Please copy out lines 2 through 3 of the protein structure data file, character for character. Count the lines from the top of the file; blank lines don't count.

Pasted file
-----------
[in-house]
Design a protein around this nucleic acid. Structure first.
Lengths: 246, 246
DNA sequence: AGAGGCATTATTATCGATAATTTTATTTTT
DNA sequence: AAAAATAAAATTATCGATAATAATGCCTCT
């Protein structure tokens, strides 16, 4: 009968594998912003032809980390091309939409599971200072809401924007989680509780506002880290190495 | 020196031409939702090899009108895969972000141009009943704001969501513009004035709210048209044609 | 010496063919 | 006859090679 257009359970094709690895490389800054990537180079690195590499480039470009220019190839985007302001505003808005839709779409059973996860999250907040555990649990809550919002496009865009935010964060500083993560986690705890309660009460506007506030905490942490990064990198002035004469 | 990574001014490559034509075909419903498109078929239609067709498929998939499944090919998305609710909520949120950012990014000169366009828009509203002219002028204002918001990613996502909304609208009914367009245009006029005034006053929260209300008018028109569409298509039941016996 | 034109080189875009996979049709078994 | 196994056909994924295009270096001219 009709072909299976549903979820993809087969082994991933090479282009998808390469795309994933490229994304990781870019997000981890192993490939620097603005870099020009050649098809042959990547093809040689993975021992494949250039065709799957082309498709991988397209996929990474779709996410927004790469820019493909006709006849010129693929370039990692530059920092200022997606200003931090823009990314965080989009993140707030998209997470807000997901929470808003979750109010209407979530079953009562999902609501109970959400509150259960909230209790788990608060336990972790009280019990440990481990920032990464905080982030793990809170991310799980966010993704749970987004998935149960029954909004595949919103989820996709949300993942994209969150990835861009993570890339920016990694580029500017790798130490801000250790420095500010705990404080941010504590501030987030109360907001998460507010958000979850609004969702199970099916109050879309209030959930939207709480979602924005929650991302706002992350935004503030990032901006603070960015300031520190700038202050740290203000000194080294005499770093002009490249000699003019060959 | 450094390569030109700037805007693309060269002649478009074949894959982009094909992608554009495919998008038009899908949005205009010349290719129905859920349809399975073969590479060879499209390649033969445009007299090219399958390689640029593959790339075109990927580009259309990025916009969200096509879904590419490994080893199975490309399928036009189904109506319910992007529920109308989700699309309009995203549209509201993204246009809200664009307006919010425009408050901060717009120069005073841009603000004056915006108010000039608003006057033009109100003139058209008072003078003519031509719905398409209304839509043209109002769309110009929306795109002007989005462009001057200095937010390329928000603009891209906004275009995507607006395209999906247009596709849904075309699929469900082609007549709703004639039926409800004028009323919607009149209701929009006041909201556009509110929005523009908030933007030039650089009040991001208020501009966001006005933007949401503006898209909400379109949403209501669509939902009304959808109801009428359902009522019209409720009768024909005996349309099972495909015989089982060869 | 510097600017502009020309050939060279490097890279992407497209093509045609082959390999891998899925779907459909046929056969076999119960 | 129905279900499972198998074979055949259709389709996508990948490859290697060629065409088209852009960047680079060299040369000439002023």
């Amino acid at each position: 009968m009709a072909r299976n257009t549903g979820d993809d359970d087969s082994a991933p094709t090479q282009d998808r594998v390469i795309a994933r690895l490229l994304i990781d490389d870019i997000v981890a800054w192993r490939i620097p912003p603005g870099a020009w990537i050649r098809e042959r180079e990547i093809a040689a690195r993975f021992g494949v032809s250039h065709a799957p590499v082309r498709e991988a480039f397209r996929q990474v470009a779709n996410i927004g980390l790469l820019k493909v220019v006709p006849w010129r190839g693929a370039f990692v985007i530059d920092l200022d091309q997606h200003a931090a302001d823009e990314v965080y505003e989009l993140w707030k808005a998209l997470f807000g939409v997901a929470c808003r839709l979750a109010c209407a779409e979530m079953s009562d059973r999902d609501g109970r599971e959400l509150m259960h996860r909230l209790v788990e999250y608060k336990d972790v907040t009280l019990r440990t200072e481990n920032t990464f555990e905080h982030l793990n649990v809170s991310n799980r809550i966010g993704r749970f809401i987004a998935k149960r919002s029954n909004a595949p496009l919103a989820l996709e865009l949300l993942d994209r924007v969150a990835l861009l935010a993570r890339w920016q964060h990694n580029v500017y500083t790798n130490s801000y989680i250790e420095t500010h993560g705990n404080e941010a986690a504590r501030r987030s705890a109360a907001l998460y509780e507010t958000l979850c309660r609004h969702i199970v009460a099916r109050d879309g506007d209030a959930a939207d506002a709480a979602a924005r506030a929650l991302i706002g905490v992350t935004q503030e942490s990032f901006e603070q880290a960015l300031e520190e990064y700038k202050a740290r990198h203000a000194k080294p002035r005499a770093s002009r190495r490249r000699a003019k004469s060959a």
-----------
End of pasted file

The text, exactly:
Design a protein around this nucleic acid. Structure first.
Lengths: 246, 246